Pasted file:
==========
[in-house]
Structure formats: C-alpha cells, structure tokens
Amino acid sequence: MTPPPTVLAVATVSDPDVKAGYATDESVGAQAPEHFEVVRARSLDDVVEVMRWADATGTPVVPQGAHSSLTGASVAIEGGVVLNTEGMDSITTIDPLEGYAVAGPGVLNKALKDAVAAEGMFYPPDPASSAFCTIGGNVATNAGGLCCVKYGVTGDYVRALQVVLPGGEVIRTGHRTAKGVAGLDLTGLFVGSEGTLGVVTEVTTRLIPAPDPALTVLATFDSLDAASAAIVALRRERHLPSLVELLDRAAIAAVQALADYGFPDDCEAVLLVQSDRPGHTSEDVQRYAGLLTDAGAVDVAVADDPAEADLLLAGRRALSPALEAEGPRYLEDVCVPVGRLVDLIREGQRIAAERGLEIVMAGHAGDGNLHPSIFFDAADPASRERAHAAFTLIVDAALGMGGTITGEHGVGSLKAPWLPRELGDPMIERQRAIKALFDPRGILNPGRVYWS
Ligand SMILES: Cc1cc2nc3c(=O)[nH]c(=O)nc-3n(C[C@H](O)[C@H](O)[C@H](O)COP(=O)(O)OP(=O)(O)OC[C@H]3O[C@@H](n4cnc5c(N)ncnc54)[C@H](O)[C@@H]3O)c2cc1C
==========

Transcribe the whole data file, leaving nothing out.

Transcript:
[in-house]
Structure formats: C-alpha cells, structure tokens
Amino acid sequence: MTPPPTVLAVATVSDPDVKAGYATDESVGAQAPEHFEVVRARSLDDVVEVMRWADATGTPVVPQGAHSSLTGASVAIEGGVVLNTEGMDSITTIDPLEGYAVAGPGVLNKALKDAVAAEGMFYPPDPASSAFCTIGGNVATNAGGLCCVKYGVTGDYVRALQVVLPGGEVIRTGHRTAKGVAGLDLTGLFVGSEGTLGVVTEVTTRLIPAPDPALTVLATFDSLDAASAAIVALRRERHLPSLVELLDRAAIAAVQALADYGFPDDCEAVLLVQSDRPGHTSEDVQRYAGLLTDAGAVDVAVADDPAEADLLLAGRRALSPALEAEGPRYLEDVCVPVGRLVDLIREGQRIAAERGLEIVMAGHAGDGNLHPSIFFDAADPASRERAHAAFTLIVDAALGMGGTITGEHGVGSLKAPWLPRELGDPMIERQRAIKALFDPRGILNPGRVYWS
Ligand SMILES: Cc1cc2nc3c(=O)[nH]c(=O)nc-3n(C[C@H](O)[C@H](O)[C@H](O)COP(=O)(O)OP(=O)(O)OC[C@H]3O[C@@H](n4cnc5c(N)ncnc54)[C@H](O)[C@@H]3O)c2cc1C